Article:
- Yevgenia Albats and Catherine A. Fitzpatrick, The State Within a State: The KGB and Its Hold on Russia — Past, Present, and Future Farrar Straus Giroux (1994) ISBN 0-374-52738-5.
- John Barron, KGB: The Secret Works of Soviet Secret Agents Bantam Books (1981) ISBN 0-553-23275-4
- Vadim J. Birstein. The Perversion of Knowledge: The True Story of Soviet Science. Westview Press (2004) ISBN 0-8133-4280-5
- John Dziak Chekisty: A History of the KGB, Lexington Books (1988) ISBN 978-0-669-10258-1
- Knight, Amy (Winter 2003). "The KGB, perestroika, and the collapse of the Soviet Union". Journal of Cold War Studies. 5 (1): 67–93. doi:10.1162/152039703320996722. ISSN 1520-3972.
- Sheymov, Victor (1993). Tower of Secrets. Naval Institute Press. p. 420. ISBN 1-55750-764-3.
- (in Russian) Бережков, Василий Иванович (2004). Руководители Ленинградского управления КГБ : 1954-1991. Санкт-Петербург: Выбор, 2004. ISBN 5-93518-035-9
- Кротков, Юрий (1973). «КГБ в действии». Published in «Новый журнал» №111, 1973 (in Russian)
- Рябчиков, С. В. (2004). Размышляя вместе с Василем Быковым // Открытый мiръ, № 49, с. 2-3. (in Russian)(ФСБ РФ препятствует установлению мемориальной доски на своем здании, в котором ВЧК - НКВД совершала массовые преступления против человечности. Там была установлена "мясорубка", при помощи которой трупы сбрасывались чекистами в городскую канализацию.)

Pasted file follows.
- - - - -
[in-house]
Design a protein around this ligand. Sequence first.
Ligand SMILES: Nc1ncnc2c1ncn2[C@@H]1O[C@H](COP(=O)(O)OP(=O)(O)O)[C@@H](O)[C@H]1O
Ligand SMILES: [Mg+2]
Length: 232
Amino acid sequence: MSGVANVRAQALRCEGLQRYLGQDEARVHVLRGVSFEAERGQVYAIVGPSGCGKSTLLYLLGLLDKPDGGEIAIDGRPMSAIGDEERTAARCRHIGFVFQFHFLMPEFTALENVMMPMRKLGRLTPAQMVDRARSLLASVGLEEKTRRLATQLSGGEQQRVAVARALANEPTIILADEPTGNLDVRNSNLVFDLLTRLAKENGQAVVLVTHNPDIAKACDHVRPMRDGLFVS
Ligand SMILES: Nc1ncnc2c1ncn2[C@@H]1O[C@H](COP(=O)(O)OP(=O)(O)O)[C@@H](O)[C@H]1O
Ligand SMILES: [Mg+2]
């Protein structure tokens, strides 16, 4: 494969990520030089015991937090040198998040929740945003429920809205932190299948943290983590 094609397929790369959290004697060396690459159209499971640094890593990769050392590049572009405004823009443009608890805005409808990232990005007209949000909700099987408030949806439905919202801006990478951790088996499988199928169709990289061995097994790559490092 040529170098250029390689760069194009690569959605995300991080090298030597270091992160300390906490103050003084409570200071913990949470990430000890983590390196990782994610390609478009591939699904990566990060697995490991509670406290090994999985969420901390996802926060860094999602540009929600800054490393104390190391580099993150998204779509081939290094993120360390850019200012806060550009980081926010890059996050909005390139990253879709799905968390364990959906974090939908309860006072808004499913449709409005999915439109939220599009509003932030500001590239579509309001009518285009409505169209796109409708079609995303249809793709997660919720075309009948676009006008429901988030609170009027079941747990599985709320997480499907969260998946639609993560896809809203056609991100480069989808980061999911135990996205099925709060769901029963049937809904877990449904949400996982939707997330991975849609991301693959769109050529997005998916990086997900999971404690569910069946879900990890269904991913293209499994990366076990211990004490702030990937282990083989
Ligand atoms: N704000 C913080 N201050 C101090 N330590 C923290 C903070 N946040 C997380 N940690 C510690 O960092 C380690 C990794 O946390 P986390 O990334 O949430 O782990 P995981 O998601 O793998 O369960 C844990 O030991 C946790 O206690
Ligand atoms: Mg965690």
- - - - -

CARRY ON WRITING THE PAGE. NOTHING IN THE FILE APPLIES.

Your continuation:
- Рябчиков, С. В. (2008). Великий химик Д. И. Рябчиков // Вiсник Мiжнародного дослiдного центру "Людина: мова, культура, пiзнання", т. 18(3), с. 148-153. (in Russian) (об организации КГБ СССР убийства великого русского ученого)
- Рябчиков, С. В. (2011). Заметки по истории Кубани (материалы для хрестоматии) // Вiсник Мiжнародного дослiдного центру "Людина: мова, культура, пiзнання", 2011, т. 30(3), с. 25-45. (in Russian) 
|Wikimedia Commons has media related to KGB.|
- For Cold War KGB activity in the US, see Alexander Vassiliev's Notebooks from the Cold War International History Project (CWIHP)
- Soviet Technospies from the Dean Peter Krogh Foreign Affairs Digital Archives
- KGB Committee for State Security at GlobalSecurity.org (organization)
- Viktor M. Chebrikov et al., eds. Istoriya sovetskikh organov gosudarstvennoi bezopasnosti ("History of the Soviet Organs of State Security"). (1977), www.fas.harvard.edu
- (in Russian) Slaves of KGB. 20th Century. The religion of betrayal, by Yuri Shchekochikhin